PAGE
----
Tomlin: “Never a dude like this one. He’s got a plan to stick it to the Man.” The phrase first came to light on a 1972 movie poster in description of Youngblood Priest, the central character of Gordon Parks Jr.’s immortal cult classic Super Fly. But it could be argued the words ring true twenty-four years later for the University of Kentucky’s own Ramel “Smooth” Bradley, whose colorful personality and cool-headed leadership have built the spunky guard a fan base the young Brooklynite could never have fathomed. Okay, so he probably had fathomed it a time or two. Or completely expected it. But that’s precisely why we like him. Often it appears that Bradley is playing two games simultaneously — the game being played in the present and the game being played two minutes from now. And when the game two minutes from now is going to be really exciting, Bradley will go ahead and start pumping everyone up for it by rousing the fans of the game of the present. Employing this special understanding and manipulation of the space-time continuum for far more good than, say, altering the events which will unfold at the Enchantment Under the Sea dance, the 6’1″ guard is a smaller player whose well-documented fearlessness defies both 7’1″ centers and goal supports (an effective metaphor of his abilities can be viewed here). But those of us who’ve spent any time in prison know the key to establishing one’s self quickly is to walk into the courtyard on the first day and go absolutely psycho on someone so there leaves no doubt that you’re not to be messed with. And coming coming into Kentucky flanked on all sides by McDonald’s All-Americans, that’s exactly what he did. He went big — and it paid off. Immediately the UK fan base knew that here was a kid who knew what it meant to be a Wildcat. He was quick. He was mouthy. And above all, he was Smooth. As a result, Ramel Bradley has become this team’s Kid Dynamite, a powderkeg ready to blow the lid off the game, a basketball vigilante who comes to his teammates’ aid when conventional avenues falter. Just like a very smooth Batman. And everyone knows you don’t mess with smooth Batman. Because he may be small, but he’s a scientist. And he will figure out a way to bring you down. Just like Ramel Bradley.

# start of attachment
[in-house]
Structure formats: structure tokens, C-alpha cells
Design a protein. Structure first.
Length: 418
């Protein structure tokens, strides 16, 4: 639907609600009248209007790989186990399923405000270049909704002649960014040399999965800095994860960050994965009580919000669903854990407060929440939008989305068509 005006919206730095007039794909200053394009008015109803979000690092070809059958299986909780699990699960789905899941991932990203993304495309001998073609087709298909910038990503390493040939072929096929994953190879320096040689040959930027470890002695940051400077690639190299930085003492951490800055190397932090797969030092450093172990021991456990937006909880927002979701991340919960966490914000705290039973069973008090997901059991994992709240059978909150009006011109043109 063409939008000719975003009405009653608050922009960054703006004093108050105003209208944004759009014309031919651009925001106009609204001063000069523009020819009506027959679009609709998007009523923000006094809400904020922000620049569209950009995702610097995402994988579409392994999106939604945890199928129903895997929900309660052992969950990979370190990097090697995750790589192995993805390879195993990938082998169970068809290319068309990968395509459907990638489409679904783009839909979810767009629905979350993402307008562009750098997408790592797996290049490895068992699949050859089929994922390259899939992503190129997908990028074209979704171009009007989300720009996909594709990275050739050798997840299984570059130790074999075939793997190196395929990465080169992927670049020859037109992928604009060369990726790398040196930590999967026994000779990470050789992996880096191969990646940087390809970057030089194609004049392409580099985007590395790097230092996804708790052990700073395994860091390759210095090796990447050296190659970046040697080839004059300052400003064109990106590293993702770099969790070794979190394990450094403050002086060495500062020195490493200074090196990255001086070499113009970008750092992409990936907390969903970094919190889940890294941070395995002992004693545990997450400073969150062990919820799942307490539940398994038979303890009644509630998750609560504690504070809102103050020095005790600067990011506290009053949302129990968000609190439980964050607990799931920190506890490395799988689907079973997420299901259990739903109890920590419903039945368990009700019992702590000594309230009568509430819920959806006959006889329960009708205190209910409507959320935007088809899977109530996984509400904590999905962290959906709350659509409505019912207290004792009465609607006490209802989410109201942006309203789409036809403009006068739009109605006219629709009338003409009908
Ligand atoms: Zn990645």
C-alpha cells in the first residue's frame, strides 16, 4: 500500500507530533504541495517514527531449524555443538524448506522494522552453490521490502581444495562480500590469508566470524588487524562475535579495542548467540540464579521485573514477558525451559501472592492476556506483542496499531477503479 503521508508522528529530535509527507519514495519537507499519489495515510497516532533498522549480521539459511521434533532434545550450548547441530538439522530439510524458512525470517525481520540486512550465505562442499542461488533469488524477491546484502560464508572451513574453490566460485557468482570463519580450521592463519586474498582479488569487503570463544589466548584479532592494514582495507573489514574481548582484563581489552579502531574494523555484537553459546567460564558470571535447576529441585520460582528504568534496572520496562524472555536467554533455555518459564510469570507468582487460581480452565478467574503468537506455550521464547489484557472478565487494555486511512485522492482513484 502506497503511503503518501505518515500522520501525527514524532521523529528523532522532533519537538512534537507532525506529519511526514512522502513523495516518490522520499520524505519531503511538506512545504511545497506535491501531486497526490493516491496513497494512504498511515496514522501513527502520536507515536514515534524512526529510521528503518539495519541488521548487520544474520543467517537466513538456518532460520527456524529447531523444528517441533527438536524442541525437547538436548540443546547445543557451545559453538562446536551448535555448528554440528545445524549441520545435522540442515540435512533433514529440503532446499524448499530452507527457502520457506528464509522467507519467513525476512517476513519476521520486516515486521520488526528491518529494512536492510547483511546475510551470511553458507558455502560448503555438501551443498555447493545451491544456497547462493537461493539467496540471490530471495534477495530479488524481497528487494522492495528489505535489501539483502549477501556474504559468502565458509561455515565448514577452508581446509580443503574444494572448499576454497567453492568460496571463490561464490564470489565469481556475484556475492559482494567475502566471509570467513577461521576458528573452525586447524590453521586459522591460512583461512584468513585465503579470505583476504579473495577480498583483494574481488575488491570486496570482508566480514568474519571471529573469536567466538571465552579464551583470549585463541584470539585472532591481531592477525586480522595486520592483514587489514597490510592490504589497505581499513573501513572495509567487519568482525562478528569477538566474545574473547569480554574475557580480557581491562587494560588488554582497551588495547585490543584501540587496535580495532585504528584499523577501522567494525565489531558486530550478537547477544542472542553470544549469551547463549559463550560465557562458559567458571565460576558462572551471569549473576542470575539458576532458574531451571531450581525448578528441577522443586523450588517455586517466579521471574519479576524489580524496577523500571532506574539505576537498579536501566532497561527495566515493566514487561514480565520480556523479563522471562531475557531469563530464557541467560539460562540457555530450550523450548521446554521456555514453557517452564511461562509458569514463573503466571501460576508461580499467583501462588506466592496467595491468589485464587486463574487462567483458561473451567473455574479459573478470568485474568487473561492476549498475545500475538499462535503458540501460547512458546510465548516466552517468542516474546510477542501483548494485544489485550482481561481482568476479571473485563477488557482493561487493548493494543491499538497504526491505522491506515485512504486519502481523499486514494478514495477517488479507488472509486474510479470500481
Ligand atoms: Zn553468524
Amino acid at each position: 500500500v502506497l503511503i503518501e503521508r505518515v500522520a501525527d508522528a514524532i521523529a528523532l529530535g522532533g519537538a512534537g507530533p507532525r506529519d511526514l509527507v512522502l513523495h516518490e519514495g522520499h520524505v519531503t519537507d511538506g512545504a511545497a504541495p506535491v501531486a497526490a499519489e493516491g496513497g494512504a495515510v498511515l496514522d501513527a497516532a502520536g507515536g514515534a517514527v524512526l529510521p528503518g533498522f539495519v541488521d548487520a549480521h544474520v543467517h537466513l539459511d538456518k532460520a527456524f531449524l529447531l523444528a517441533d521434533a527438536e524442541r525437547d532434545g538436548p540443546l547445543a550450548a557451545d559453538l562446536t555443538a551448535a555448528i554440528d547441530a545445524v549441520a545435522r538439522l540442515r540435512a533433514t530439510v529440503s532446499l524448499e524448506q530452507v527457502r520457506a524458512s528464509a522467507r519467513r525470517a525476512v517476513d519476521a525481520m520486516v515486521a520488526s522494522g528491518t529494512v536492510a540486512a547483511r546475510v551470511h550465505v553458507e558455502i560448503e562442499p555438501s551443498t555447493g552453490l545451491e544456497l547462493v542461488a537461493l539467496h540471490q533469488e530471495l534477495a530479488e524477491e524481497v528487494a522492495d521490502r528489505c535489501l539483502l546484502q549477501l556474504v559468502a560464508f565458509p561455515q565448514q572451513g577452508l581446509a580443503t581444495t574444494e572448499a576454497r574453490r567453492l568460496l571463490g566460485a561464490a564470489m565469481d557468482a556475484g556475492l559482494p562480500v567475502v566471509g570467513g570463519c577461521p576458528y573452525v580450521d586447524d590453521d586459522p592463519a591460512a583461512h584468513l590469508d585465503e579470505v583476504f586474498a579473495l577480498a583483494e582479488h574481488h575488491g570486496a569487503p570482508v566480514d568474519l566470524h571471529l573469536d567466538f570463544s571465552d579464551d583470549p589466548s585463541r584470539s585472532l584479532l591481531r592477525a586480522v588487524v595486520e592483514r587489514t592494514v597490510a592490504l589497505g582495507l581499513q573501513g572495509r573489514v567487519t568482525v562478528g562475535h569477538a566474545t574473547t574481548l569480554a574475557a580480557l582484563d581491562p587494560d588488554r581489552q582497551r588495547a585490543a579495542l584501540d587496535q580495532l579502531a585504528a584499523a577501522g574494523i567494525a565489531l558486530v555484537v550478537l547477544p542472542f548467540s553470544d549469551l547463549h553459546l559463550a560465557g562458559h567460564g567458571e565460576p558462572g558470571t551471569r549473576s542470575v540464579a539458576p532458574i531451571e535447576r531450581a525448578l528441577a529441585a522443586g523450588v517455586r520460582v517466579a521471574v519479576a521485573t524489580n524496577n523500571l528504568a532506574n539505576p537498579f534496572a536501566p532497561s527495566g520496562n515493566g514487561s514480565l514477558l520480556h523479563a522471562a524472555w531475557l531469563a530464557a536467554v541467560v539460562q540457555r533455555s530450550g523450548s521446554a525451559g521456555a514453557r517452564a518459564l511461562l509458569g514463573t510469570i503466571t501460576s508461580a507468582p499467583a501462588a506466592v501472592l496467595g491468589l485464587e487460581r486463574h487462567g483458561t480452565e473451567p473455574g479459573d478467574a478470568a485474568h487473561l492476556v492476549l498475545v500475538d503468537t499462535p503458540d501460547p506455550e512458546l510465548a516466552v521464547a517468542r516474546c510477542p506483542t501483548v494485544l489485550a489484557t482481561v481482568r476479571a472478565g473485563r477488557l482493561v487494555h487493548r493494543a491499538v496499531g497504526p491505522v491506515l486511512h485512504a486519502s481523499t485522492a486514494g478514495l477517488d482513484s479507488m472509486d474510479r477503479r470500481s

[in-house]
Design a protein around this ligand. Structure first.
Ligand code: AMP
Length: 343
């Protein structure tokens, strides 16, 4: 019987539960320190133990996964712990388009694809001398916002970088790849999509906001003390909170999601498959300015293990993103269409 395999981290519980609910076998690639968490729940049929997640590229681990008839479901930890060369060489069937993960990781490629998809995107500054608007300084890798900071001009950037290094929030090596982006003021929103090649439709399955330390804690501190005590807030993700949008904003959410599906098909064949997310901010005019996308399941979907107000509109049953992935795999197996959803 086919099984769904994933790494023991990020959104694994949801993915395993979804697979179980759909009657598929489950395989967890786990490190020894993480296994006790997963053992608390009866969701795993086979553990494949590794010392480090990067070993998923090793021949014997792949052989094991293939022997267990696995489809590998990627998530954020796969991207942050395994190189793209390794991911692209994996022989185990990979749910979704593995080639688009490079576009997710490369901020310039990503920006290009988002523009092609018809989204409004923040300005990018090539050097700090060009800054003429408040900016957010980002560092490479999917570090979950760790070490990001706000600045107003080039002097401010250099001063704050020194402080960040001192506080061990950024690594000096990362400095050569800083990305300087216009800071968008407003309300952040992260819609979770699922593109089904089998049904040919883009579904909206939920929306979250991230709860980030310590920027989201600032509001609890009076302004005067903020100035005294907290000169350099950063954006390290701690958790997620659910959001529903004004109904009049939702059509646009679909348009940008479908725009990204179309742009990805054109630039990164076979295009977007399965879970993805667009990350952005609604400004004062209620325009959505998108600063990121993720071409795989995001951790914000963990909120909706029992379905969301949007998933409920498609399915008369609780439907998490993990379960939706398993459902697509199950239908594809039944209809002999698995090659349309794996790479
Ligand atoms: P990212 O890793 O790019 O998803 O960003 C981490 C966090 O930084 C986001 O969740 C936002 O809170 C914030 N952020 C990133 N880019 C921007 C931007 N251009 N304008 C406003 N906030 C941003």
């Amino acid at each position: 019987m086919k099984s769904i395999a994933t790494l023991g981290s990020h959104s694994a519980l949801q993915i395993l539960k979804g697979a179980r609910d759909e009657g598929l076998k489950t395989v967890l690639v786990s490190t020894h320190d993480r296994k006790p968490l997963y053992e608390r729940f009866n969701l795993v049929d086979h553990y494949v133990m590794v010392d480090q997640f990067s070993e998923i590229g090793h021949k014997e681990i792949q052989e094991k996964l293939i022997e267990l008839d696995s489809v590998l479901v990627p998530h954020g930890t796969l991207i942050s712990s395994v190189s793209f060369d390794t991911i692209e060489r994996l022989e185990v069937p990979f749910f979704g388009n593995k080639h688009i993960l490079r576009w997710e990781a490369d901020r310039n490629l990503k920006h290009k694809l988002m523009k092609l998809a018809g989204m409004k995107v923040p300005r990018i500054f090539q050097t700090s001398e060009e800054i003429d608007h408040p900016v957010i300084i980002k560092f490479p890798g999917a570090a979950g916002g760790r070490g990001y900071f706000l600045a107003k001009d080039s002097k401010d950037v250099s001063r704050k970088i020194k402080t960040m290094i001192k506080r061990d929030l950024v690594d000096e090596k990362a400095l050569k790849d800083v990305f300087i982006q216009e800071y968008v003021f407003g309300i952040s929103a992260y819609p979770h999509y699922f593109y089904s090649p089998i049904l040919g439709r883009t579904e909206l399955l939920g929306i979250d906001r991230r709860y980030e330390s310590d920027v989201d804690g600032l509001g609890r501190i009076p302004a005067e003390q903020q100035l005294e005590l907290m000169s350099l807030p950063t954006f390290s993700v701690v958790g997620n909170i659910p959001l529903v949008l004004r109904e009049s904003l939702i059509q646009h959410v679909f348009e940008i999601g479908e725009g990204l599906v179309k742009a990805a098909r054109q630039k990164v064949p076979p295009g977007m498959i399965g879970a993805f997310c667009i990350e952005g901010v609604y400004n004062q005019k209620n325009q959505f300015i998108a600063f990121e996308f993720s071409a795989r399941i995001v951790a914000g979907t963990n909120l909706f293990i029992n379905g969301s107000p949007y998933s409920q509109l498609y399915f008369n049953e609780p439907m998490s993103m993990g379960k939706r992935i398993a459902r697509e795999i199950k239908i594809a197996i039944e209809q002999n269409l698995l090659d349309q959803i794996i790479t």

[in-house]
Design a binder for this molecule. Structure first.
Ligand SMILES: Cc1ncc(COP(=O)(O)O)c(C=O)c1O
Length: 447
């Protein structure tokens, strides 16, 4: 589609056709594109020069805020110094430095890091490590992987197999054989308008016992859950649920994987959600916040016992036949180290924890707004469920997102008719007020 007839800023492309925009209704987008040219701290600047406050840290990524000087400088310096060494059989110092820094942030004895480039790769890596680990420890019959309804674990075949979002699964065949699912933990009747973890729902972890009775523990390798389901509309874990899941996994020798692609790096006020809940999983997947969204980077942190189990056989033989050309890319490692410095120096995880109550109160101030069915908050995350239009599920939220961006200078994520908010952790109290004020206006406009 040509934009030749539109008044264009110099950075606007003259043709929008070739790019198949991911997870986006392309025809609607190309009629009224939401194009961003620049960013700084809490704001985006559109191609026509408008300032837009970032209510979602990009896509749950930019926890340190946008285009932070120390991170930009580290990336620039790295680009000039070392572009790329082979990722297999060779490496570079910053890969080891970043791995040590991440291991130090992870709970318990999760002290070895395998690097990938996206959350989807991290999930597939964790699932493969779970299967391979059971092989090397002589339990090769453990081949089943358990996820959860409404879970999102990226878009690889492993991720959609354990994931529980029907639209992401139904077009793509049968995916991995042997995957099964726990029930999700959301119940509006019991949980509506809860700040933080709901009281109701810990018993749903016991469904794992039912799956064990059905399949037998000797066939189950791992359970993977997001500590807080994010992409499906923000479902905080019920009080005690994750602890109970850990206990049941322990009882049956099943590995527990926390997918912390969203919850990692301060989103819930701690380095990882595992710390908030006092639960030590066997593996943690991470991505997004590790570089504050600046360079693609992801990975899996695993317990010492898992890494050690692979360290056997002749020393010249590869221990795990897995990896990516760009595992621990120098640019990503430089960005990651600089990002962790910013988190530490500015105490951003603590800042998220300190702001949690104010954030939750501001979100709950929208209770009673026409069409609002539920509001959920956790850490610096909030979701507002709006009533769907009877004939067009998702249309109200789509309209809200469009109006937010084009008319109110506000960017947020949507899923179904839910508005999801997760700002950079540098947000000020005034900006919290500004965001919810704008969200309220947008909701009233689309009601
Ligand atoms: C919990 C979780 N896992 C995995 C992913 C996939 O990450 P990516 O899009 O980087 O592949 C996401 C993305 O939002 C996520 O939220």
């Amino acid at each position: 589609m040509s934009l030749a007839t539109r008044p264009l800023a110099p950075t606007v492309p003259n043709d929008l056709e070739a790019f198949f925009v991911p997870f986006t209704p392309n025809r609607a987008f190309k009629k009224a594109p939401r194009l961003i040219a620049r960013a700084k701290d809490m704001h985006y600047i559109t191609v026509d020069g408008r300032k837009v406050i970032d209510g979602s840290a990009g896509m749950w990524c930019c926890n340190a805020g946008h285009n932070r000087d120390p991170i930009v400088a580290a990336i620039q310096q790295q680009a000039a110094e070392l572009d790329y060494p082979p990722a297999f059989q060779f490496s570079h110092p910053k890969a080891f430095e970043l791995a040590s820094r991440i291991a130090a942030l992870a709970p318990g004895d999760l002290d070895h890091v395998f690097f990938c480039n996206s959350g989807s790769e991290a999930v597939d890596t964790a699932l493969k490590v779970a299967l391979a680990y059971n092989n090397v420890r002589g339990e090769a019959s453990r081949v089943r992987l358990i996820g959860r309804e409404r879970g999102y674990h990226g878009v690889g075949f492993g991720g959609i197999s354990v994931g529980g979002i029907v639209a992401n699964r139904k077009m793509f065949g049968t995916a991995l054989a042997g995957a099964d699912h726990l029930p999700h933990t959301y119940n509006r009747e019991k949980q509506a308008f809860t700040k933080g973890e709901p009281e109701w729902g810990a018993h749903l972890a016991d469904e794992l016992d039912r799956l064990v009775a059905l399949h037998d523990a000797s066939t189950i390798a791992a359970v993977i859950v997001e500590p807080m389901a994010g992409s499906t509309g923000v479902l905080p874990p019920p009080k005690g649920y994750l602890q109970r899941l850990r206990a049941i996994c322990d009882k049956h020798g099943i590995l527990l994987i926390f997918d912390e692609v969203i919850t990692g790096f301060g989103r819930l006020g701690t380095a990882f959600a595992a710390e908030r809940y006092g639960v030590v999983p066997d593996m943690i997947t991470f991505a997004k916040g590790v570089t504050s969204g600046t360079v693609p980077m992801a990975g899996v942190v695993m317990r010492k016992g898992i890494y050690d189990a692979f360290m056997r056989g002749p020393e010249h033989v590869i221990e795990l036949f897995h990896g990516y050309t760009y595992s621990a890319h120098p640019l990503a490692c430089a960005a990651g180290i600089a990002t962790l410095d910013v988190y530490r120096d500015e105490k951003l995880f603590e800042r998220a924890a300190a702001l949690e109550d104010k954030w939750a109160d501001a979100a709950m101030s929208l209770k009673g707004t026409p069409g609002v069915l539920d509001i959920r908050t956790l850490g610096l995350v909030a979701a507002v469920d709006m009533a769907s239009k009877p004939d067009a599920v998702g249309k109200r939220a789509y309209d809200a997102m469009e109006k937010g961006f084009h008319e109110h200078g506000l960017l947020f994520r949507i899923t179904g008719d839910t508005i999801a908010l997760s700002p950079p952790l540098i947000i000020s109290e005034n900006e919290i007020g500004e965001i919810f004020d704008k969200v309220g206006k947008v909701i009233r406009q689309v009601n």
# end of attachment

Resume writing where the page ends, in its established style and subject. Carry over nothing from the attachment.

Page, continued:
Turkey Hunter: Ramel and I have something in common that must be indicative of awesomeness. Whether it is the bourbon chicken served via toothpicks or the slightly off kilter chicks who shop at Hot Topic, we both seem to share an affinity for the Fayette Mall and all the joy it brings. Seriously, a collection of beautiful women and free little cups of cider at William Sonoma? Im feeling ya Ramel. Oh, yes, the basketball thing. Ramel’s good. This season we will all learn together just how good. Last year, he was the Jan Brady to Rondo’s Marsha. Sure, we would all still nail Jan to keep the propsect of a Brady Triple Crown alive, but Jan never garnered the clout of her slighlty more social sister. But folks,we were blind to see that Ramel is no Jan- he is more of a Mrs. Brady- still a looker but with the poise to keep things discreet and a clan of ardent supporters. Sure, the Turkey Hunter has made this same mishap in his personal life. Many nights I’ve felt the need to chase after the hottie only to learn too late her fart locker does not indeed generate vanilla candles rolled in a candy shoppe. Too many times I’ve ignoredthe less flashy but quality cutie with the heart of gold, offering me a blumpkin while baking me cake. No,the Turkey Hunter would not give up the attention she so desperately craved. Always, the same mistake: form over substance. Well no more people!! This is a new year and Im glad we have Ramel running the show. So you can go to hell Laura, uh, I mean Rondo!! Last year, your attitude was so poor Berea named a building after it. But now we have a kid who genuinely wants to be here whose talent is only surpassed by his enthusiasm. Ramel, when he’s on, can distribute the rock in away Suge Knight would envy. He has speed to spare and can get to the hole quicker than Warren Beatty ever could. And most importantly, the team respects him and will follow his lead through the tough stretches that this year, like ALL years, will surely have. If Ramel were any more a gamer, Fred Savage circa 1989 would drag his brother half way across the country to take him on in Double Dragon. The kid can play. He may not have the exact same skill set as Rondo, but he will create more chemistry than my cousins with a case of Sudafed. If he can harness his sometimes suspect decision making, his presence onthis team will be nothing but great. Much like a double date with Hubby, expect big things. Oh, and we can still work it out Laura.